• The environment is safe and muted, with less stress than outside of the hospital so you can focus on getting better
  • Hospitals provide structure and activities focused on helping you get better

Hospitals are designed to be places where people can development a realistic treatment plan and set of coping skills to use in everyday life outside the hospital. They’re not designed to be long-term facilities but rather pit stops along the road of your life.

Of course, like anything in life, not all hospitals are created equal. Some are magnificent, others aren’t. People are different, too, so even within the same hospital, people can have different experiences — some positive, some negative.

In general, mental health hospitals are positive places (even if you don’t want to be there) where people can receive the proper help in order to thrive in life outside the hospital.

Tune in to Wellbeing & Words on YouTube, where I talk about how you know if you need a mental health hospital and describe what they’re like inside.

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Use the DEAR Method to Make Time for Wellbeing

Jan 19

Learn the DEAR method, or Drop Everything And Rejuvinate, to make time for mental health, wellbeing, and stress relief every day.

 

Someone recently submitted a question for the Wellbeing & Words Q&A show that is quite likely something we all struggle with: how to make sure we take time for wellbeing during our busy days.

Is there something I can do to make sure I de-stress during the day? Every morning I have great intentions, but almost every night I realize that I didn’t take time for my wellbeing.

Happily, there is a way to make sure we take time to rejuvenate during even the busiest of days. I call it the DEAR method. Tune in to this episode of Wellbeing & Words to learn about Dropping Everything And Rejuvenating.

 

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How to Reduce Stress When Reducing Stress Causes Anxiety

Jan 17

Reducing stress is healthy, but not when reducing stress causes anxiety. Here's how you can fear stress relief yet do it anyway to enhance your wellbeing.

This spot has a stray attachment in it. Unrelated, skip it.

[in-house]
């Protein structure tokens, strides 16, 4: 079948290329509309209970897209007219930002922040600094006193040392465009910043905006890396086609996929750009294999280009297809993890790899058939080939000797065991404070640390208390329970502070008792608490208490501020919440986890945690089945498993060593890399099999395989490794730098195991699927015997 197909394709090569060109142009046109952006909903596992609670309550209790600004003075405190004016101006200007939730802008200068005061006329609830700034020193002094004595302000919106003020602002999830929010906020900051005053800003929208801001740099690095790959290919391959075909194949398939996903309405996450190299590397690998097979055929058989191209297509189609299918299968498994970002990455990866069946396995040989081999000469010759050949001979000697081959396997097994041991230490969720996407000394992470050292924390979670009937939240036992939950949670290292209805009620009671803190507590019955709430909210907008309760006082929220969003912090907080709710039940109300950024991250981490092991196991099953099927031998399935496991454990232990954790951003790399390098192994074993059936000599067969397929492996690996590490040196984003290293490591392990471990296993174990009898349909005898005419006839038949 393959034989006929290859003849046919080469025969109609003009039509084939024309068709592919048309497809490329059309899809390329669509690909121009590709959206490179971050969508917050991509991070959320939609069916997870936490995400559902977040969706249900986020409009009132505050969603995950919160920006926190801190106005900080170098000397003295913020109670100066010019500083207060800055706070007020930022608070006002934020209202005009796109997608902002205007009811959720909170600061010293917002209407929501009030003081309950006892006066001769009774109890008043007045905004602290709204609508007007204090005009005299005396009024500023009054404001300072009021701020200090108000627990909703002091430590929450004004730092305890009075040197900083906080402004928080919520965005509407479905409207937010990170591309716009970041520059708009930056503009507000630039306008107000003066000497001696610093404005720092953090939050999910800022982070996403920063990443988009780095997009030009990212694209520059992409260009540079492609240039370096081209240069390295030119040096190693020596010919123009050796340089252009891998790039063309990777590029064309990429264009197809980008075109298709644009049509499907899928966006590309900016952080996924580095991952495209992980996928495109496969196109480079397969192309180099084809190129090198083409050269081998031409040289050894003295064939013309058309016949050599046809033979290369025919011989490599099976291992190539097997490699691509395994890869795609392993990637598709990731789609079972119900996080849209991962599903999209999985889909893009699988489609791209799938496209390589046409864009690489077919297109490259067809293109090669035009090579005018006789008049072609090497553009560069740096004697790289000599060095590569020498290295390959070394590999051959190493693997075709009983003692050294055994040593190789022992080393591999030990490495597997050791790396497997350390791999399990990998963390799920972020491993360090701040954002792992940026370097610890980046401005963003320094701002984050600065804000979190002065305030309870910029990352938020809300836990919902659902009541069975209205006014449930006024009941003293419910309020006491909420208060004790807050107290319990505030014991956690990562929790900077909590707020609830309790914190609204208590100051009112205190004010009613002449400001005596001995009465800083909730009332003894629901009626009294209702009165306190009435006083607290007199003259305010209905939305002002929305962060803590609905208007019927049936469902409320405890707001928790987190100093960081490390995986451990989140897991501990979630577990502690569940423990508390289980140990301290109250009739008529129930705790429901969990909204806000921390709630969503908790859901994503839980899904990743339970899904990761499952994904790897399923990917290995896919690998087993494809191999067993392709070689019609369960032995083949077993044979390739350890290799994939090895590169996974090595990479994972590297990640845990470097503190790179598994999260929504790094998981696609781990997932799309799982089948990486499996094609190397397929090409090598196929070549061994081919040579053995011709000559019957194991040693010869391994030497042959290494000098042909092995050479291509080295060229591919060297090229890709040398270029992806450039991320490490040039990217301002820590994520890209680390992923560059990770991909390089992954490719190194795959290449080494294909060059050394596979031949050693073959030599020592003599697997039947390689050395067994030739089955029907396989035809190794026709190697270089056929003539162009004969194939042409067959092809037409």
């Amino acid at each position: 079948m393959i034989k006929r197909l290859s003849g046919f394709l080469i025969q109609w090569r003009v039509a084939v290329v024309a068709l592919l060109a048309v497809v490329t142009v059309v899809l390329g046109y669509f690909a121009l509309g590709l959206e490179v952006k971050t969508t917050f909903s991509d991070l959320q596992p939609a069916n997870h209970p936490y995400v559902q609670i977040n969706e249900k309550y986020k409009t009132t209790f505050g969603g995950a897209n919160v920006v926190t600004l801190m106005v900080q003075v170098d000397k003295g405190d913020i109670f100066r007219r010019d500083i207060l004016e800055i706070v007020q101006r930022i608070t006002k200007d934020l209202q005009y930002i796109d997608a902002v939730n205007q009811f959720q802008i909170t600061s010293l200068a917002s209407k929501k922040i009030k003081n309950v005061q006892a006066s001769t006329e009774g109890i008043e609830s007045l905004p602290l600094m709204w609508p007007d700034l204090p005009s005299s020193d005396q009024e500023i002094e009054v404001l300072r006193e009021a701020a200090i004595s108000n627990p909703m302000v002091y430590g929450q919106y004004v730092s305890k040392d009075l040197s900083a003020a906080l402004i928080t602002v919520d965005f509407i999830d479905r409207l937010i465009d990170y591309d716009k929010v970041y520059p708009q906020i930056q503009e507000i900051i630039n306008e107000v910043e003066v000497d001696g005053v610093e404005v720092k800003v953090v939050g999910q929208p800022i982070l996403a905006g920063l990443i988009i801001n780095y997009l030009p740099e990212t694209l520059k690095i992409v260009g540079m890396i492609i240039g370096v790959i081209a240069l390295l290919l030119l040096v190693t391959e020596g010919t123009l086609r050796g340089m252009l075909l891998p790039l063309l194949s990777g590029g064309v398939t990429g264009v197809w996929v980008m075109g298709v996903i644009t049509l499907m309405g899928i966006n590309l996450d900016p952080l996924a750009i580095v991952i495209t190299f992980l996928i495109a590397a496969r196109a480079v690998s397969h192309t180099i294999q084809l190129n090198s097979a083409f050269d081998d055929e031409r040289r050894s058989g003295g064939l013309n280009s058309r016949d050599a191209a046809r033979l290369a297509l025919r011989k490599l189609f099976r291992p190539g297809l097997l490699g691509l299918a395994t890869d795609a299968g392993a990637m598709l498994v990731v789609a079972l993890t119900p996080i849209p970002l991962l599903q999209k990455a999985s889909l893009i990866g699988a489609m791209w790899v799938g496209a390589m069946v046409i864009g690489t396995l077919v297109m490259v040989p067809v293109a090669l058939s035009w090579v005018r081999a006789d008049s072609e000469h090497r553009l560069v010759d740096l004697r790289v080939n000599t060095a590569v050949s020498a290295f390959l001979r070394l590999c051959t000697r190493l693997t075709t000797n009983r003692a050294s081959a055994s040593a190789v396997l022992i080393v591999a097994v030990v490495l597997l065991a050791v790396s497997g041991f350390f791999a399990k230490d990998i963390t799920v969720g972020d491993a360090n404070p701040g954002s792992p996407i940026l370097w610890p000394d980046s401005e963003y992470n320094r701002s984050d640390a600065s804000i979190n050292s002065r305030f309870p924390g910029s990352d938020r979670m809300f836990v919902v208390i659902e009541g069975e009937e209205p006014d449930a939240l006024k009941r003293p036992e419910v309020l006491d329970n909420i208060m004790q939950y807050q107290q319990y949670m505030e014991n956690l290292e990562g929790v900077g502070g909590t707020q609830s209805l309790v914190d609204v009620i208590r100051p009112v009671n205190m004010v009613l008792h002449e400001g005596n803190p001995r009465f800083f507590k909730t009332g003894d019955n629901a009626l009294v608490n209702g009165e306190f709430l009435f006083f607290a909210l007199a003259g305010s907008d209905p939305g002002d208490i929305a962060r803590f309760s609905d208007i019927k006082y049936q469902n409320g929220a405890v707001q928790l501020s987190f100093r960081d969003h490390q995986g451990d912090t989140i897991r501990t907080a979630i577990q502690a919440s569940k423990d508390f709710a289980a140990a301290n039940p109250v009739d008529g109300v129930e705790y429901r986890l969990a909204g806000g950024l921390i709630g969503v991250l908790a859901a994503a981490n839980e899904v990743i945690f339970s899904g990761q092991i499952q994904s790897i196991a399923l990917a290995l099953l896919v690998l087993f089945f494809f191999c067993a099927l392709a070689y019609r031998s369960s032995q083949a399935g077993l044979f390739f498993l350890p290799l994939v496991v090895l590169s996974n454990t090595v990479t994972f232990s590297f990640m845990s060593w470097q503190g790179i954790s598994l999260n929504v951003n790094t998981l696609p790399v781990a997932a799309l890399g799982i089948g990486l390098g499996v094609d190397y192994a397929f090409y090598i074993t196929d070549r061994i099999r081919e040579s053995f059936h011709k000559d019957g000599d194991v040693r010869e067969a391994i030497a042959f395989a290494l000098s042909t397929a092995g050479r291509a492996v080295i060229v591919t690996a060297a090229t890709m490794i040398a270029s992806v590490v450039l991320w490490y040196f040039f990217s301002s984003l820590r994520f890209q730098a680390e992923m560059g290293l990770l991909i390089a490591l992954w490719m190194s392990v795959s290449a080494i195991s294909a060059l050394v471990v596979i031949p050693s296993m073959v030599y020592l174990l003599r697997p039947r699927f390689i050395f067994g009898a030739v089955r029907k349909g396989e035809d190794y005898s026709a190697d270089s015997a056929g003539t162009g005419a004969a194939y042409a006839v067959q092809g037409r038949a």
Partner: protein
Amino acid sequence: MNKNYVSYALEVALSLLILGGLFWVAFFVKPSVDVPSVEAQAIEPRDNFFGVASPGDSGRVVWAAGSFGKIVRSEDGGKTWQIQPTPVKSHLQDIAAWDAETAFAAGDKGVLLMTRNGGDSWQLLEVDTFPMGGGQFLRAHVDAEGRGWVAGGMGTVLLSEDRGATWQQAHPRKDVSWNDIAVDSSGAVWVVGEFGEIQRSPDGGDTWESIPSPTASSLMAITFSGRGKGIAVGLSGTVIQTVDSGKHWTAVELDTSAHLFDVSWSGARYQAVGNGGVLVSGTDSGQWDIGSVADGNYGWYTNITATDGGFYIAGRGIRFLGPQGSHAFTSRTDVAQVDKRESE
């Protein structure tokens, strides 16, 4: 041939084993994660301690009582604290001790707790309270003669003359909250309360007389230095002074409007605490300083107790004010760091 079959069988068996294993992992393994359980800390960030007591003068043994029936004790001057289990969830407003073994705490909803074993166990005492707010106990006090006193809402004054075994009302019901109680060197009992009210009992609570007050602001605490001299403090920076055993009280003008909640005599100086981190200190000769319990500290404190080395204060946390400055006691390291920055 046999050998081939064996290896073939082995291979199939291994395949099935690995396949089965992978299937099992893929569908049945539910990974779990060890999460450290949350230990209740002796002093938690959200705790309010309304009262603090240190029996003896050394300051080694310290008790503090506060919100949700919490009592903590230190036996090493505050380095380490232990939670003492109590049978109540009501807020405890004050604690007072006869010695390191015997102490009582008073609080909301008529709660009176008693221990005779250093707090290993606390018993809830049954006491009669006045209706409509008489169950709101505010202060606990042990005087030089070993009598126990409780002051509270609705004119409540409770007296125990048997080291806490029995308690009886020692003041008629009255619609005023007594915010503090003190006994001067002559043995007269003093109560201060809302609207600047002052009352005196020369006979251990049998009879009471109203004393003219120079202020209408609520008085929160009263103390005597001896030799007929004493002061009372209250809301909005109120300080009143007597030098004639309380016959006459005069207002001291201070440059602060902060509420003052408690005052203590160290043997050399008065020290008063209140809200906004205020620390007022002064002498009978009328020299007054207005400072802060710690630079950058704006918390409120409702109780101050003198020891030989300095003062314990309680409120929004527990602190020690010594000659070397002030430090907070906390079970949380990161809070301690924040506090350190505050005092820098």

It’s perhaps surprising, but true: the idea of reducing stress can actually cause anxiety rather than alleviate it. We do have legitimate reasons for clinging to stress despite wanting relief from it. Sometimes the mere idea of relaxing causes anxiety because we’re afraid that our performance will decline or that seeking stress relief will cause us to be judged as weak. Stress can come to be a badge of honor, too. High degrees of stress can show the world, and ourselves, how much we are achieving or how much we care about loved ones, and more.

Yes, we have reasons for clinging to stress, and feeling anxious about reducing it is normal and legitimate. That doesn’t mean, however, that stress isn’t harming our mental- and physical health. This list is just a sampling of what stress does to us. Stress can cause:

  • • Anxiety
    • Depression
    • High blood pressure
    • Heart disease
    • Angina (chest pain)
    • Obesity
    • Diabetes
    • Headaches
    • Fatigue
    • Digestive problems
    • Sleep disturbances, including insomnia

Additionally, stress exacerbates almost all existing mental disorders and physical illnesses.

You know that stress is harmful and preventing you from fully living the quality life you want to live. You know that it’s compromising your mental health, physical health, relationships, and general enjoyment of life. Yet just thinking about reducing stress causes (or increases) anxiety and fear. How on Earth do you deal with this conundrum?

Fixing the Stress Conundrum

Getting out of this trap will likely take some effort, but it is absolutely possible to reduce your stress in spite of being afraid to do so. Not only that, in the process, you can even begin to perform better than ever—which in turn will reduce stress even more.